It’s June 23rd, 2007. “Umbrella” remains at number one for the last portion of Season Three, while Enrique Iglesias, Kelly Rowland and Clarkson, and the White Stripes also chart. In news, heavy rains and flooding continue across the UK, with thirteen people dying in total. A burning car crashes into Glasgow Airport, with, reportedly, one of the people responsible being arrested while on fire. And Tony Blair resigns from Parliament to divide his time between being a special envoy to the Middle East and tending to some lovely hills in the the southeast of England, finally clearing the way for Gordon Brown.
While on television we have Downing Street hijinks of a different sort. The Sound of Drums/Last of the Time Lords is generally seen as the failed Davies-era season finale. This isn’t quite unfair, but the actual grounds on which it fails are, on the whole, narrow. There are in effect two scenes that doom it – both cases where what looked sensible on the page turned ridiculous in practice. The first is when the already strained decision to have David Tennant slathered in latex to look old is replaced with the absolutely appalling Dobby the House Doctor CGI effect, leading to what was previously a quite well done sequence to collapse in a crumpled pile of bathos. The second is the reversal of that scene, in which Flying Magic Jesus Doctor descends upon the Master in a beam of badly misjudged light. Unfortunately, these are two major turning points in the episode, and instead of carrying the dramatic weight they’re meant to do they’re bathetic train wrecks.
But look, neither one fails to communicate the show’s intent – they just do so in a way that is difficult to take seriously because of the intense desire to burst out laughing. The errors stuck out like sore thumbs on broadcast, and this harmed the episodes’ reception, but broadcast was already a while ago. Already the story’s reputation seems to be shifting. So let’s say no more of two misjudged effects shots beyond that Davies is neither the first nor the last person on Doctor Who who has misjudged what the BBC could manage in the way of effects. Everybody believes their bubble wrap, at least.
Let’s start by observing the size of the task. Of all the things Davies tried to revamp within Doctor Who, this is perhaps the hardest. The Cybermen may be the rubbish second rate villains, but for the most part Davies had the good sense to use them that way. They were the villains you went for when the Daleks were the wrong choice but you still needed an “oh no it’s the” villain. But the Master… there’s not even a consensus list of what the best Master stories are. Say what you want about the Cybermen, but at least there’s a general consensus that Tomb of the Cybermen and Earthshock were both really good. (Never mind that I have little patience for either.) But what are the classic Master stories? Sure, there are some scattered Pertwee ones that are quite good, but your vision of the character swings dramatically based on whether you pick Terror of the Autons, The Daemons, or The Sea Devils. The Ainley Master arguably never works, and there’s a strong case to be made that the character is at his best when he’s a pizza. It’s not hard to understand why Moffat hasn’t touched the character in three seasons, and has suggested in interviews that the only real reason to do it is if you have Roger Delgado to play the part.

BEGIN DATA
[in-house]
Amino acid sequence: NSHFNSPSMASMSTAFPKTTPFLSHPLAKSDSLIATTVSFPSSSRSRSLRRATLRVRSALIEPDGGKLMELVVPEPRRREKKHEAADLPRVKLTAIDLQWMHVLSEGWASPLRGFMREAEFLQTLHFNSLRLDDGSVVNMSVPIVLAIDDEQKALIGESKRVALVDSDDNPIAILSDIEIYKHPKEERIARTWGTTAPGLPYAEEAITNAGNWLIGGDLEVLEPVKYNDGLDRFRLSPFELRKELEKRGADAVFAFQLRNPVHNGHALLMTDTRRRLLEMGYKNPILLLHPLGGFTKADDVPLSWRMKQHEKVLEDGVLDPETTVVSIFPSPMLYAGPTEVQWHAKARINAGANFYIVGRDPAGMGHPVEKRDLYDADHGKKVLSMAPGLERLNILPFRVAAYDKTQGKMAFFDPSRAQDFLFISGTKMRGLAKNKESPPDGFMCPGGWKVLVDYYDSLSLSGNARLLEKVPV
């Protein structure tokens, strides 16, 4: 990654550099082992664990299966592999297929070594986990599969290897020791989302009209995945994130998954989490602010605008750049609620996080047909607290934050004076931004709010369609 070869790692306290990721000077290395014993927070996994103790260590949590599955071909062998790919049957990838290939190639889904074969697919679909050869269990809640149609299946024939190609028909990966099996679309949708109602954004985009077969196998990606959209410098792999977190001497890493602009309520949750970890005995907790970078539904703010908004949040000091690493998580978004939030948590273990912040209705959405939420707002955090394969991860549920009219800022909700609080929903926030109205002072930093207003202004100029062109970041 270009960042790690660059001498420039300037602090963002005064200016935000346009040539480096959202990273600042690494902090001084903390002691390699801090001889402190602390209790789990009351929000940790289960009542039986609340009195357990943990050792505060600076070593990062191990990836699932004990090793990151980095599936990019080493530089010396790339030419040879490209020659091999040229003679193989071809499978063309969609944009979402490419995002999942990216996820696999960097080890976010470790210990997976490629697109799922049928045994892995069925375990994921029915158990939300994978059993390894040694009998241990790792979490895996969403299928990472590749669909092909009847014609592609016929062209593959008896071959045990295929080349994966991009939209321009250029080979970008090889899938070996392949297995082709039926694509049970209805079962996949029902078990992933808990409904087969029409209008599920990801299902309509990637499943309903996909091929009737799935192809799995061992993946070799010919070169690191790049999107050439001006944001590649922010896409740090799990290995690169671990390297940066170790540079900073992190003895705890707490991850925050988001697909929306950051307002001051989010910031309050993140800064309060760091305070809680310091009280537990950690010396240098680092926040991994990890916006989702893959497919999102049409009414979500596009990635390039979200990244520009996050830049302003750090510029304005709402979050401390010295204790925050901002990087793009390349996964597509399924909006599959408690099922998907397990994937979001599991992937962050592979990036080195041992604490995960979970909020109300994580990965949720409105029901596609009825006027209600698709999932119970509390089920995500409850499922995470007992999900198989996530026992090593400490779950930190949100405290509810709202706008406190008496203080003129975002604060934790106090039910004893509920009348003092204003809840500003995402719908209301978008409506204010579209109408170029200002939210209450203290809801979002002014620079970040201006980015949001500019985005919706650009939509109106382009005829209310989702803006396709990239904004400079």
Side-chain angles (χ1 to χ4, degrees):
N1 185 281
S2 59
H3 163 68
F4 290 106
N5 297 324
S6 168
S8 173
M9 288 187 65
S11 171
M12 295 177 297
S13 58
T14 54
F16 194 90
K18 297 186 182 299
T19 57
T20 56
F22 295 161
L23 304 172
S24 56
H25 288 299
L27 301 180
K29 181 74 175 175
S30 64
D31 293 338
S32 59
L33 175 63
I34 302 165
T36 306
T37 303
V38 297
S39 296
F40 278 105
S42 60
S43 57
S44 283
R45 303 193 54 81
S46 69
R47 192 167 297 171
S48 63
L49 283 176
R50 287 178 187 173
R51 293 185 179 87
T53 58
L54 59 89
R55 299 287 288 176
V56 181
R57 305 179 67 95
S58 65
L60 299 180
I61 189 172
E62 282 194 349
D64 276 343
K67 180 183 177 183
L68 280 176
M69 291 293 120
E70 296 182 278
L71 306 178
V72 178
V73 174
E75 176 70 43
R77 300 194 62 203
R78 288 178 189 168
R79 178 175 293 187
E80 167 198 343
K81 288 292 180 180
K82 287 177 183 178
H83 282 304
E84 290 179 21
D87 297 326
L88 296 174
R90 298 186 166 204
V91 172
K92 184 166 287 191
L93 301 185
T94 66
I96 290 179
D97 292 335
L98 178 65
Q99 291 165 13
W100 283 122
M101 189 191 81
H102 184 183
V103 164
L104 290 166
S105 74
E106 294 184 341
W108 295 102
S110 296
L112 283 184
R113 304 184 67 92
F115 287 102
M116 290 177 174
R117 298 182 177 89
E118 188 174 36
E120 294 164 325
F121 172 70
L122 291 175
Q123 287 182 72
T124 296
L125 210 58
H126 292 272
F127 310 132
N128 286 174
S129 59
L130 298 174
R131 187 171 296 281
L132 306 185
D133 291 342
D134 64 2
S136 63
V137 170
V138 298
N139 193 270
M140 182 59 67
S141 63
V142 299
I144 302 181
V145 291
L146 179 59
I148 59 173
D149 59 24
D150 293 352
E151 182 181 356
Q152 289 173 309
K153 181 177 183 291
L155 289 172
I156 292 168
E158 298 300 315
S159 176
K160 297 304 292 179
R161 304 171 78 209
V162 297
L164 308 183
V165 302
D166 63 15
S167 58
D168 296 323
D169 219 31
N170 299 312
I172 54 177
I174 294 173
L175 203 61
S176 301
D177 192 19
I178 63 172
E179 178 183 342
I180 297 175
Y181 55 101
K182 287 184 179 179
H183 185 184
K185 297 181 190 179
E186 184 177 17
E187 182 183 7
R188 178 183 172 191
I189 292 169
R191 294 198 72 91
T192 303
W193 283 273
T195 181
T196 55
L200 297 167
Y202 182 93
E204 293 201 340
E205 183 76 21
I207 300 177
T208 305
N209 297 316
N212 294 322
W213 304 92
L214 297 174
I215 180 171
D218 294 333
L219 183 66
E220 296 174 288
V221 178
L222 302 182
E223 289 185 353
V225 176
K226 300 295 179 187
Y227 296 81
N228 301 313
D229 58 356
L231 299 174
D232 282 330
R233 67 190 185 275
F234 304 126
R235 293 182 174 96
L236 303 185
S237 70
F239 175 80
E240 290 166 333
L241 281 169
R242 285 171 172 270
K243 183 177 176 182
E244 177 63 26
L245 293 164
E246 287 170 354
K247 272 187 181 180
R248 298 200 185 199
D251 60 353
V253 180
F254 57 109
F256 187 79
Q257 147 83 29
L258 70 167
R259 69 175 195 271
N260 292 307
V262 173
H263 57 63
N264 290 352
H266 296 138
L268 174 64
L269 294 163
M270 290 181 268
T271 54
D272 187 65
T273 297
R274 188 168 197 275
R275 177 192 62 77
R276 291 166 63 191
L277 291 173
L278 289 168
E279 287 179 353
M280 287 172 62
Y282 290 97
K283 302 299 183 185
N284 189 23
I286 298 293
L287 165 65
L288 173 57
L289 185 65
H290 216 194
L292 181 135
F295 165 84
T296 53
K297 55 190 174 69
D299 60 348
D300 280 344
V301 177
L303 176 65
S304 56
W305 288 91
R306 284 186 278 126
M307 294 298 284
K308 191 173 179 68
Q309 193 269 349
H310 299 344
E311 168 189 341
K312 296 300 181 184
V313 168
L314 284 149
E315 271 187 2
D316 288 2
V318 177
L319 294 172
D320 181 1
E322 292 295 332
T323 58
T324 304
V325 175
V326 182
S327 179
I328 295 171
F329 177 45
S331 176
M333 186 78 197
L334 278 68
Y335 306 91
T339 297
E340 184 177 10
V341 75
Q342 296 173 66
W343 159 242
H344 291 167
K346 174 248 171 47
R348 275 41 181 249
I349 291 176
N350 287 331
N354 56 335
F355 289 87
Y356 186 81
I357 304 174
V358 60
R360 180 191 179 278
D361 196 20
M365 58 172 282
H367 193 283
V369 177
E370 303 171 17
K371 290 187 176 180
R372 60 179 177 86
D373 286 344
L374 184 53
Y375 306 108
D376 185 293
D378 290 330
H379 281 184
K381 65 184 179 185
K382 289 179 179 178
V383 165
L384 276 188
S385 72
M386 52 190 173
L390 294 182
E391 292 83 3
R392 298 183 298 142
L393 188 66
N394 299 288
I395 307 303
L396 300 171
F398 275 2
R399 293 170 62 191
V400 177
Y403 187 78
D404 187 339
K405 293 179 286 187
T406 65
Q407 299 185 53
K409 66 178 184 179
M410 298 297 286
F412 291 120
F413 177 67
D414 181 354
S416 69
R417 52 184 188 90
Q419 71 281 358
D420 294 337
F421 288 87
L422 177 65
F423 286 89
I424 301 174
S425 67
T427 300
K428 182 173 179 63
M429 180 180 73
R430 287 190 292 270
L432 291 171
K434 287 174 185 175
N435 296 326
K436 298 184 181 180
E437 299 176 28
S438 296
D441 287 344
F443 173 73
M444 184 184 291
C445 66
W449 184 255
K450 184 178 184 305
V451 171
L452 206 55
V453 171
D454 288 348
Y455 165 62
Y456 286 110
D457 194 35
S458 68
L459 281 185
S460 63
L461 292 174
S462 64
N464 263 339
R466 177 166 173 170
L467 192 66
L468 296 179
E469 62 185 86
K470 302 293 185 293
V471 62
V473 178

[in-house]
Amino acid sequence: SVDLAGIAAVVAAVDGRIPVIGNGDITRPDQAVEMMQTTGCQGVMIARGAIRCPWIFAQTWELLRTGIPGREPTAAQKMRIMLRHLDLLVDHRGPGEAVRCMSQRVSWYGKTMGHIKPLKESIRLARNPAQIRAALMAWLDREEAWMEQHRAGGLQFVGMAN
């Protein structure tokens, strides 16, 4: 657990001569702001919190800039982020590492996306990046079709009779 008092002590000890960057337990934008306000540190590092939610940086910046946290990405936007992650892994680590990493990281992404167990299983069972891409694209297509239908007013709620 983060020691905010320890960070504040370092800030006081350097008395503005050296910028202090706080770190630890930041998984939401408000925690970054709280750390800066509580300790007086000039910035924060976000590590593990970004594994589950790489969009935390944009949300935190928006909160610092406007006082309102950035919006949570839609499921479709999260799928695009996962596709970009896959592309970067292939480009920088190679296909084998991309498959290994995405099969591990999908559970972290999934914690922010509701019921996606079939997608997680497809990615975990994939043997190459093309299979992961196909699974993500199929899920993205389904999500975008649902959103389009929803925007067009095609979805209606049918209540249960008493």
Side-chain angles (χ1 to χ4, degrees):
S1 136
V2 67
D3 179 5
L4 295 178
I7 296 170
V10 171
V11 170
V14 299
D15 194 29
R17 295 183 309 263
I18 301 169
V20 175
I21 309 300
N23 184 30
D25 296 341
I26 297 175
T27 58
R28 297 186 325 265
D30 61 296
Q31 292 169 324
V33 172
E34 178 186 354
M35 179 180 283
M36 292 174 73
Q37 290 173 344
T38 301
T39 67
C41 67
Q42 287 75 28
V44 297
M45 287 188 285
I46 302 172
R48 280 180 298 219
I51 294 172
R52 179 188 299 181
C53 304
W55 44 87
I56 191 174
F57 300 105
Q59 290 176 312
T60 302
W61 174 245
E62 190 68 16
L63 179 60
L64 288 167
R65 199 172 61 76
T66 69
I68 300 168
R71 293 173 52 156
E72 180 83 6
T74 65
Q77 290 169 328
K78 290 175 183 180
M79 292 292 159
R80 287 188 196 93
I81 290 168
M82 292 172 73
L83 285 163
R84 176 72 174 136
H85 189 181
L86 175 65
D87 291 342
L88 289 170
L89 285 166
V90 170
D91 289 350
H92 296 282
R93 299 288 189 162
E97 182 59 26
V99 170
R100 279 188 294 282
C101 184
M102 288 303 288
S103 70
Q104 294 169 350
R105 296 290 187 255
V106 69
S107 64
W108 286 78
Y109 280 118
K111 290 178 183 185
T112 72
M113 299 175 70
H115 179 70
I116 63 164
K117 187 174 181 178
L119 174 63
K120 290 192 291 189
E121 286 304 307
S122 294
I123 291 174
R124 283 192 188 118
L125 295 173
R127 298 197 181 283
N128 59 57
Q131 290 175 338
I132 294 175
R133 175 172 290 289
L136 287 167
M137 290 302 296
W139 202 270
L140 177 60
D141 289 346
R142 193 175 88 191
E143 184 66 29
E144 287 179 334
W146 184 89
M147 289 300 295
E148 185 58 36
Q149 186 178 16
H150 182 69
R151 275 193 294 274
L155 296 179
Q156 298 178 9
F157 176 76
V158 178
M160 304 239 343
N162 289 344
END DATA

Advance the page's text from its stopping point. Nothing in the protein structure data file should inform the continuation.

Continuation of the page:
Because the Master falls into a general category of villain that just doesn’t work: the evil duplicate of the hero. The problem is that the evil duplicate has to be just like the hero only rubbish and prone to failing constantly. So instead of being terrifying because he’s all the skill and brilliance of the Doctor only working for evil, the Master is a punchline whose appearance mostly signifies a story that’s well and truly gone off the rails. “You’re the camp one,” as Moffat put it in The Curse of Fatal Death. And finding ways out of this is tricky.
Almost everything about The Sound of Drums/Last of the Time Lords can be explained in these terms. The audacious scope of the Master’s scheme is notable largely because it finally unleashes the character and has him achieving things as scary as “the Doctor gone irredeemably evil” should be. So much of Last of the Time Lords in particular is achieved in the little gestures where it’s suggested just how awful the year that’s been skipped was. The Master has outright ruined the Earth, slaughtering the entire population of Japan. Phrases like “the radiation pits of Europe” speak volumes. More volumes, really, than the episode can muster – what the Master has done isn’t just too expensive to show on television, it’s too horrific. (This is the same reason the Doctor is aged – because the real story is the Doctor being tortured, but for understandable reasons they’re not going to do David Tenant in Abu Ghraib on BBC One.) Nothing – not even the Dalek/Cybermen war – has ever taken things this far.
Similarly important is the way in which it escalates. In The Sound of Drums the Master’s plan is already miles beyond anything we’ve ever seen before. The Master is Prime Minister. And that’s not even his plan. That’s just a casual thing he’s done on the way to his plan, much like building a satellite system to hypnotize the entire planet. From the get-go the Master has already accomplished a baroque and insane plan for world domination of the sort that the Doctor, in the classic series, usually stops him from. This isn’t even “the Doctor wasn’t here.” He was, repeatedly, throughout the Master’s rise to power, and he missed it. Even when he is there and knows what’s going on, he can’t stop it. Even to survive he has to knock up a perception filter and essentially hide within the narrative.